“Caffeine is a vasoconstrictor, so supposedly if migraines are partly due to vasodilation, it could be good. But it also increases blood pressure, so it might cancel that out. It increases cortisol levels – the stress hormones – so I’d probably steer clear of it.”

 “Chocolate has some caffeine, but more theobromine – a similar chemical. It is, however, a vasodilator. Although it contains serotonin, the feel good hormone, migraines are also partly caused by an excess of serotonin.”

Fabulous – yum – recipe! An alternative to Chocolate

I’ve mostly read that chocolate is a no no. I’ve had very little over the last month. Thank you, Simon Hugh

Thank you, Simon Hugh Wheeler for offering so much valuable advice and this recipe.

Image courtesy of Master isolated images at FreeDigitalPhotos.net

Image courtesy of Master isolated images at FreeDigitalPhotos.net

“An alternative to chocolate is carob. I know it’s not the same, but for example, I’ve made a microwave, 1 min mud cake with carob flour, an egg, some sugar and a touch of cinnamon and ginger which is gorgeous.”

Simon goes on to say, “Carob has no caffeine, no oxalates (if you have kidney or joint problems, that can help), but has fibre, calcium, magnesium and vits A, B, and D, amongst other nutrients. It also has antioxidants and Gallic acid which is a mild analgesic – it helps to reduce cholesterol too.”

Find out all about Carob here.

Needless to say, I will be looking into carob recipes further.

What now?

Well, I’ll continue on my quest to monitor what I eat to see if I can nut out what affects me.

However, as I am eating everything in moderation, it may take some time. If I don’t have a migraine within a month of this experiment, I will be ecstatic as I usually have one at least once a month.

Image courtesy of adamr at FreeDigitalPhotos.net

Image courtesy of adamr at FreeDigitalPhotos.net

When I lose control and binge on something yummy (yes, it’ll be chocolate), then I’ll monitor the results.

Image courtesy of cooldesign at FreeDigitalPhotos.net

Image courtesy of cooldesign at FreeDigitalPhotos.net

Simple Solutions

I hope to solve my problem with the simplest solution – and I fully intend to solve it – watch this space.

Update: My research has revealed some incredibly interesting triggers and things to avoid… all will be revealed soon. BTW – I am winning the battle!


4 Comments

Migraine Battles Part 2

Migraine Advice from around the world

On talking openly about my battle with migraines, I’ve received an amazing response.

As promised I’m going to share some comments, advice, and suggestions. My experiment continues and I’ll have some interesting results to share with you soon.

Praise

“It’s always wise to discover the cause instead of treating the symptoms” and “Good on ya!”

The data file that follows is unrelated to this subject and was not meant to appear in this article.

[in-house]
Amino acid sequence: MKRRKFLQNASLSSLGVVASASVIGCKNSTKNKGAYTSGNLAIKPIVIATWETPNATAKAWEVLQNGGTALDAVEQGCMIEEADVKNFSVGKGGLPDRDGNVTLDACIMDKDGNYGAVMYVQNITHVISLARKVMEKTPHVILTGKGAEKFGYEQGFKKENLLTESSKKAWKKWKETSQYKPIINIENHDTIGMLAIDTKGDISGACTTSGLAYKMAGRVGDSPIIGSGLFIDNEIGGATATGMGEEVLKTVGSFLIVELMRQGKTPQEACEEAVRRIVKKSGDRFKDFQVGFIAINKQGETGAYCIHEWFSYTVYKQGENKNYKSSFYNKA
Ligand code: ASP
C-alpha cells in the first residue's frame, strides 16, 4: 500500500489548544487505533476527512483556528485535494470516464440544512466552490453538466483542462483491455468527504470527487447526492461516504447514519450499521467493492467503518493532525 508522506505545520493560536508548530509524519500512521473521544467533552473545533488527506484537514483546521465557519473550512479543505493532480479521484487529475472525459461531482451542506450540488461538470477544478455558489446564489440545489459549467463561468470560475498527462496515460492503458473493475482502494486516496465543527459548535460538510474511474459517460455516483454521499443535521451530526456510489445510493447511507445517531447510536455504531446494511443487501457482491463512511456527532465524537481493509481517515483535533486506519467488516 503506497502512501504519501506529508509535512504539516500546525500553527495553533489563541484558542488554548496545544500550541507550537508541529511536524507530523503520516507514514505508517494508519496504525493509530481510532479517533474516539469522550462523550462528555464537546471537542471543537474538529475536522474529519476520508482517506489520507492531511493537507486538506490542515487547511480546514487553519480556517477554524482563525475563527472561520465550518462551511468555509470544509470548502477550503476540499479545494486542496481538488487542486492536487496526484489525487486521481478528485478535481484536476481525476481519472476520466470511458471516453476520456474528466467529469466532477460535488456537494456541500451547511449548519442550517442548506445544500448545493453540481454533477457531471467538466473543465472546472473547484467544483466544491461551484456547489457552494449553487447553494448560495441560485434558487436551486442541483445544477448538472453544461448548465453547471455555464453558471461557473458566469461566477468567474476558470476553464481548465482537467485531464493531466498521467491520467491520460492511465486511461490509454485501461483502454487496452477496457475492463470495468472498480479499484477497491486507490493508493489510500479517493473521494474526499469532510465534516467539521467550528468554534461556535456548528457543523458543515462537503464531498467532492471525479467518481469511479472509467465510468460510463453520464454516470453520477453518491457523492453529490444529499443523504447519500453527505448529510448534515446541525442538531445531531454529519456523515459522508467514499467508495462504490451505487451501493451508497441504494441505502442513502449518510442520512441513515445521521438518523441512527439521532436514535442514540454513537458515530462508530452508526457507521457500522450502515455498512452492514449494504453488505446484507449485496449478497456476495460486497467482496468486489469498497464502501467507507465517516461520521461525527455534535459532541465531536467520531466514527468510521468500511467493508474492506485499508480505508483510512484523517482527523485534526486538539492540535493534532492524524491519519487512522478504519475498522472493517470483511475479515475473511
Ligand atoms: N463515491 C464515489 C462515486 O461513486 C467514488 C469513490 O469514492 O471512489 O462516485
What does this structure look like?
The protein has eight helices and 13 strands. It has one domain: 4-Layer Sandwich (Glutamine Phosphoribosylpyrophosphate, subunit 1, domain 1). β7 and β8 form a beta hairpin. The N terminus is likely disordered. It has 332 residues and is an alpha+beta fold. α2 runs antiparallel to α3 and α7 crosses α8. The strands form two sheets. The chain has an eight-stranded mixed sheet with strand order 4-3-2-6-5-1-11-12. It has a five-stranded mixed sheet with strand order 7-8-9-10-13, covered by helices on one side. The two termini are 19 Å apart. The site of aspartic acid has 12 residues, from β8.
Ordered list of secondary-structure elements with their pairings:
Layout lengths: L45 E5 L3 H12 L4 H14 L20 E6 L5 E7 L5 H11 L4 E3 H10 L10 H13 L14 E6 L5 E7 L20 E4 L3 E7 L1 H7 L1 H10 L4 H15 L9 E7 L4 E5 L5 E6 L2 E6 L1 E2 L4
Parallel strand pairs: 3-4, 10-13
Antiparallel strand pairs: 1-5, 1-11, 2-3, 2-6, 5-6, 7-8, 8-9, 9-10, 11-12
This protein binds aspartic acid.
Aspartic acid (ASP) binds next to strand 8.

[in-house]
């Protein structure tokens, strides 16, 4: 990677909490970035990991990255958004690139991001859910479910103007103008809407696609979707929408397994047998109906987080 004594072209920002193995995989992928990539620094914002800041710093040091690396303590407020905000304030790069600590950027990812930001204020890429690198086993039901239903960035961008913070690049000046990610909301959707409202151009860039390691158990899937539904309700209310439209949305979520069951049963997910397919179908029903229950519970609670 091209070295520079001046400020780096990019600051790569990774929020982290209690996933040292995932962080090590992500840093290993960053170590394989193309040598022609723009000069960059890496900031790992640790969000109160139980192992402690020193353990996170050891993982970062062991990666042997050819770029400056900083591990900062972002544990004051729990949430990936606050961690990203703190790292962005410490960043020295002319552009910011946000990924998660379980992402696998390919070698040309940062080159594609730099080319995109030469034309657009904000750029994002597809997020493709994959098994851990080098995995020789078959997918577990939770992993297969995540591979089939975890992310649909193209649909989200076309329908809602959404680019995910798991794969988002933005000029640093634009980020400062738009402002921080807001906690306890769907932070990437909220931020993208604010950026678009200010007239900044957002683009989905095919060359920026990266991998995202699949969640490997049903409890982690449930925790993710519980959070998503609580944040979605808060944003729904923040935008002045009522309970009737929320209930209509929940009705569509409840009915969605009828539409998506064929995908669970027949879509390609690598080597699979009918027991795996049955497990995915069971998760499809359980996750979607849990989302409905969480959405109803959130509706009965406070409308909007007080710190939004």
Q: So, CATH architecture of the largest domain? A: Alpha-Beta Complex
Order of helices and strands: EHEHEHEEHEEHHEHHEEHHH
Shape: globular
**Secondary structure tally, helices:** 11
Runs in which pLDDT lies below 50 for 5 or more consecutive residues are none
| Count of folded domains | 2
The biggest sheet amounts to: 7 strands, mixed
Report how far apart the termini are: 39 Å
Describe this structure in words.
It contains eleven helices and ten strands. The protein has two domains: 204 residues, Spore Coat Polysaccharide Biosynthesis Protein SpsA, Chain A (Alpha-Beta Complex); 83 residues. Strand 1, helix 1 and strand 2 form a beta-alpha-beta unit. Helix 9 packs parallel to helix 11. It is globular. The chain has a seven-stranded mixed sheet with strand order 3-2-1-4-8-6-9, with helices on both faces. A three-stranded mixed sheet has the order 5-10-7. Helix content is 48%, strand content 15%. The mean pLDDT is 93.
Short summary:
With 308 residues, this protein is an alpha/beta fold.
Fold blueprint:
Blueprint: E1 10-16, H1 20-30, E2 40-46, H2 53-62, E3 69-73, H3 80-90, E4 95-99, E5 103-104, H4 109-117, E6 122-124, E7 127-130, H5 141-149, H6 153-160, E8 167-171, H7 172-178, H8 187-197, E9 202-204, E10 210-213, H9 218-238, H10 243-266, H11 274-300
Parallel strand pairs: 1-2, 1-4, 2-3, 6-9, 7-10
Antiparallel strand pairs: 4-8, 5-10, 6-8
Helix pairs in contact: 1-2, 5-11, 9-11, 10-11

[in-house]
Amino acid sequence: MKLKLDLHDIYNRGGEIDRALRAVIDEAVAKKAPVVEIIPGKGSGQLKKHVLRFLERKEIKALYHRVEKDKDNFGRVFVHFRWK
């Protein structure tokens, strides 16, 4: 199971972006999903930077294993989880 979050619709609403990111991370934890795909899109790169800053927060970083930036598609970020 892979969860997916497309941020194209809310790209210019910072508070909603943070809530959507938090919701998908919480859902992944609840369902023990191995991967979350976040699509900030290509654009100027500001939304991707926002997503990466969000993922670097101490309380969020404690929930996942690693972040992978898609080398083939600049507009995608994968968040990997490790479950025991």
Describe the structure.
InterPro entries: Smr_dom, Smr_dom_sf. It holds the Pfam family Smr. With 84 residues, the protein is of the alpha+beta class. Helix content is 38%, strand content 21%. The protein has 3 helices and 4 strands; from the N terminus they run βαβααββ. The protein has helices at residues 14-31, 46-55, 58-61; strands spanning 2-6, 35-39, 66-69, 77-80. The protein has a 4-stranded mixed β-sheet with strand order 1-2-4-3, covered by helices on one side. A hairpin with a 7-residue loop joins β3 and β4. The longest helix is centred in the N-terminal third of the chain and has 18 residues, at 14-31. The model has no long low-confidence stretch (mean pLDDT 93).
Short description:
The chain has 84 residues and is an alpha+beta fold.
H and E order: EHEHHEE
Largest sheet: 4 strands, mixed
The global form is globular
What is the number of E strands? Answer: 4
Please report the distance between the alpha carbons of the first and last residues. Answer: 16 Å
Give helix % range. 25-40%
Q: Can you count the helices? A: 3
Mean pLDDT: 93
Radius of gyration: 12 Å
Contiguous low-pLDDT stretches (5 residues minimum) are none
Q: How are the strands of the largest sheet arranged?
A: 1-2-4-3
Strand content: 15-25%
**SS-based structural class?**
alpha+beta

It’s lovely to receive positive encouragement

Image courtesy of digitalart at FreeDigitalPhotos.net

Image courtesy of digitalart at FreeDigitalPhotos.net

Things to avoid

Cheese
Dairy products
Preservatives
Colouring
MSG
Artificial flavourings
Citrus
Chocolate
Wine
Too much meat

Replacing lost nutrients

Seeds and nuts

Good for migraines

Caffeine

Magnesium

Bad for migraines

Caffeine

Chocolate

Image courtesy of Chaloemphan at FreeDigitalPhotos.net

Image courtesy of Chaloemphan at FreeDigitalPhotos.net

What can be good for you

Dark Chocolate

Interesting remarks to ponder

“Sometimes people think chocolate is a trigger for their headaches as they have eaten it just prior to getting one, when really you’ve eaten it in response to the onset of a headache, (e.g. your body needs it).”

I found this interesting and this made good sense to me. It’s something I am keeping in mind as I go and monitoring my results.

In response to “Chocolate can be good for you,” one person commented, “I can’t eat dark chocolate at all, guarantees a migraine with vomiting.”

Image courtesy of adamr at FreeDigitalPhotos.net

Image courtesy of adamr at FreeDigitalPhotos.net

Another friend mentioned their pain and suffering with migraines, “I’ve tried everything even Botox! I sometimes think it is hormonal and the Doctors don’t know what to do apart from tablets..”

I’d never ever do botox (botulism injected – yikes!) of course, desperate times calls for desperate measures and I know when I’ve been in extreme pain I’d pretty much take anything that would hold some hope. This is one reason I am avoiding Doctors for as long as possible – I don’t want drugs, I want to beat it myself.

Alternative Help

“I was advised that pouring cold water over your head can ease it, mine disappeared of their own accord.”

I do find that if I am too hot (working in that humidity mentioned in the last blog), I suffer, so this makes sense too. I have had a cold cloth on my forehead and the back of my neck before, if I remember to do it early enough – if I don’t, with a full blown migraine, nothing can touch my head. (I’ve done some interesting (self) research on this!)

Later, another person commented, “We have used ice packs around necks in ED to help the really nasty ones that meds weren’t budging with some success.”

I’ve taken note and will try to use this method in the early stages IF I get another migraine.

Image courtesy of Antoine Henrich at FreeDigitalPhotos.net

Image courtesy of Antoine Henrich at FreeDigitalPhotos.net

More Technical Advice

Look out for Part 3 of this experiment which will detail some fabulous advice for those who have to take the next step – watch those chemicals! Read those labels!

And – a great alternative/recipe for chocolate…

It’s time for me to step away from the laptop to give my eyes a rest…. to much screen time could be another trigger!